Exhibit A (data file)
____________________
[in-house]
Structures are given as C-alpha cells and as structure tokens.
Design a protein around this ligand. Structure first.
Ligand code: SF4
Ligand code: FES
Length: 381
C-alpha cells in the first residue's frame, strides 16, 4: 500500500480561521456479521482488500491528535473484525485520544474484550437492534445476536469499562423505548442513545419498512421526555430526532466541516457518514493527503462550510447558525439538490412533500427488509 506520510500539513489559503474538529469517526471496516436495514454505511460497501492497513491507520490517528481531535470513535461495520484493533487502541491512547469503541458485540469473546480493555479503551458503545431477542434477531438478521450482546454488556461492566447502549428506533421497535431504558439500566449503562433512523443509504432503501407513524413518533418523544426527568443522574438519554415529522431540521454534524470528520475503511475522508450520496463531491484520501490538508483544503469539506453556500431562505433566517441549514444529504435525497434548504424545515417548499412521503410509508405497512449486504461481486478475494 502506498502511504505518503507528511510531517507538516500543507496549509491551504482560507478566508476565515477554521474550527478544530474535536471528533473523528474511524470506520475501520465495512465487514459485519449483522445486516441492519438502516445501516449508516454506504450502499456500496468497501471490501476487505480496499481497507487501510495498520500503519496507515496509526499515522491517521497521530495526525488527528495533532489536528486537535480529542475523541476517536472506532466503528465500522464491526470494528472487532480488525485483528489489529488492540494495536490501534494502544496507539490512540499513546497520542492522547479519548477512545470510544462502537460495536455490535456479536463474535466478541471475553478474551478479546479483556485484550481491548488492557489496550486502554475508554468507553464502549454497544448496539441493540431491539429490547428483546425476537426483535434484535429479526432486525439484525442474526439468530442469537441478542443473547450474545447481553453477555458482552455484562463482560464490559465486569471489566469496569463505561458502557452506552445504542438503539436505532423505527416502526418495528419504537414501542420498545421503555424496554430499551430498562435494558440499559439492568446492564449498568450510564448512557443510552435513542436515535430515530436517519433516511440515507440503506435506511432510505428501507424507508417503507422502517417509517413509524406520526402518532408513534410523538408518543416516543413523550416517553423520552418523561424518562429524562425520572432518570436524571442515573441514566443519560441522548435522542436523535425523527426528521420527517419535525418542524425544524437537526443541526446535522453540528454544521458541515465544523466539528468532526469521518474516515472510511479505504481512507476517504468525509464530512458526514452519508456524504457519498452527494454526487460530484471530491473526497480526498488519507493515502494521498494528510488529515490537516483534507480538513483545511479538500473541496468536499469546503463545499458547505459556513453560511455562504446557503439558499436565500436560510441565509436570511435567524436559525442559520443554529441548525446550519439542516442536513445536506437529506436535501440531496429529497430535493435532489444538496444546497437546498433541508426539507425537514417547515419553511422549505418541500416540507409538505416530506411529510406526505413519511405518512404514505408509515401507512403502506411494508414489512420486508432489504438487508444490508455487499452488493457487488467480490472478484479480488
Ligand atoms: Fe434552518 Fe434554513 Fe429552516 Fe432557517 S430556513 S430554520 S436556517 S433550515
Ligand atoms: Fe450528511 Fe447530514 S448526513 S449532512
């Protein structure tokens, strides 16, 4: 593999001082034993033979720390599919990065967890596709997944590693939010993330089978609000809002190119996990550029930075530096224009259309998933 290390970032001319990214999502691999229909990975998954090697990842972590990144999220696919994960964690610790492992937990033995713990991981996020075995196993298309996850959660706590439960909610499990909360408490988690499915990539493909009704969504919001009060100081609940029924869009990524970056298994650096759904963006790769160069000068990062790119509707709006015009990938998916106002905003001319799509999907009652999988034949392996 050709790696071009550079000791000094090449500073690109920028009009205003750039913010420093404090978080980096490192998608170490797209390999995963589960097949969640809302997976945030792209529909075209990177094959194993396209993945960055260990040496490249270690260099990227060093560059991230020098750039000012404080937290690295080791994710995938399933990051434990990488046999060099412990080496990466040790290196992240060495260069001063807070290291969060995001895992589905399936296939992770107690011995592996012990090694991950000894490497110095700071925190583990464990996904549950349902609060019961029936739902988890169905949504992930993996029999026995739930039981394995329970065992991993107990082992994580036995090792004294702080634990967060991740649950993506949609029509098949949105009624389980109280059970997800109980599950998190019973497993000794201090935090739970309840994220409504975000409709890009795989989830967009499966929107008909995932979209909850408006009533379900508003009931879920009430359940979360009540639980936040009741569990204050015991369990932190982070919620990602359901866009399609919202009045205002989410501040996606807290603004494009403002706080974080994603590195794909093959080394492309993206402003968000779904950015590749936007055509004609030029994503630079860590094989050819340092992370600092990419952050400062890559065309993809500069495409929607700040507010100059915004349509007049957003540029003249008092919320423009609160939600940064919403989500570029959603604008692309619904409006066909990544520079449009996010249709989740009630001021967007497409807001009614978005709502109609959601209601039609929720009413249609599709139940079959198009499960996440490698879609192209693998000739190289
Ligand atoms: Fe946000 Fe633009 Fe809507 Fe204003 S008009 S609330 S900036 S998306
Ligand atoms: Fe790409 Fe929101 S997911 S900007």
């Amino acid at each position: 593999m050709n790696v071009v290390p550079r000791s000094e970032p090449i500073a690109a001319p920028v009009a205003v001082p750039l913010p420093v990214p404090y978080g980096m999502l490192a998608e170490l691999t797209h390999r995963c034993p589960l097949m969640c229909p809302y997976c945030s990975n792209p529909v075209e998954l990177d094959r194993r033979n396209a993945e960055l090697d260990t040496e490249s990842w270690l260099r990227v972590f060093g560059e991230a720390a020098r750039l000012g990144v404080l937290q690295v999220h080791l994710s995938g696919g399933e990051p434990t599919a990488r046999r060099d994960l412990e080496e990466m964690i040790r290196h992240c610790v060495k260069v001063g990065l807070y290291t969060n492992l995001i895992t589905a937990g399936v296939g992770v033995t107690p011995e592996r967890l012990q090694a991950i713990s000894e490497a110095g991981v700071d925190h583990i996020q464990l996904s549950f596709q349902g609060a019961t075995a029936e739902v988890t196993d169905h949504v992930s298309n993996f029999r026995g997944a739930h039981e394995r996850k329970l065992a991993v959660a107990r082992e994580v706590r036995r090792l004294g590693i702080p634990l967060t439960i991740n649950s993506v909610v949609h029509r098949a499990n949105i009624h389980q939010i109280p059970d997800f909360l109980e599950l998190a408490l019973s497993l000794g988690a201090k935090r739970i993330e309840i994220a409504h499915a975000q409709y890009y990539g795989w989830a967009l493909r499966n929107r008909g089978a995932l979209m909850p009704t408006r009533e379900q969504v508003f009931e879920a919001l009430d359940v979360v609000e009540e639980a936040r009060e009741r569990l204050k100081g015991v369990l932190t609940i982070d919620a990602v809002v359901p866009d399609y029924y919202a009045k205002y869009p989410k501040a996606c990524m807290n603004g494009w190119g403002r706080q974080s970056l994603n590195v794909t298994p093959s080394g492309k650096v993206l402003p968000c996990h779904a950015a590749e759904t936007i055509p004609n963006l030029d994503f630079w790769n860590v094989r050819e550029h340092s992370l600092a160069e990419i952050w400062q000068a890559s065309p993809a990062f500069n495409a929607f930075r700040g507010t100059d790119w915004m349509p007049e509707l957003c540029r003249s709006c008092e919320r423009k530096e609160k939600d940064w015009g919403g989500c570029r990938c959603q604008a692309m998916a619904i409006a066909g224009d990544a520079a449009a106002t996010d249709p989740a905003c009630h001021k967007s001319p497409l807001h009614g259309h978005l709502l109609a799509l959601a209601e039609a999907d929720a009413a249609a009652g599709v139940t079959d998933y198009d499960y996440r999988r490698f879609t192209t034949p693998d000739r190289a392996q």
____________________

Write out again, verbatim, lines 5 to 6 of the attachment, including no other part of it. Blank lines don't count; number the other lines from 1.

Ligand code: FES
Length: 381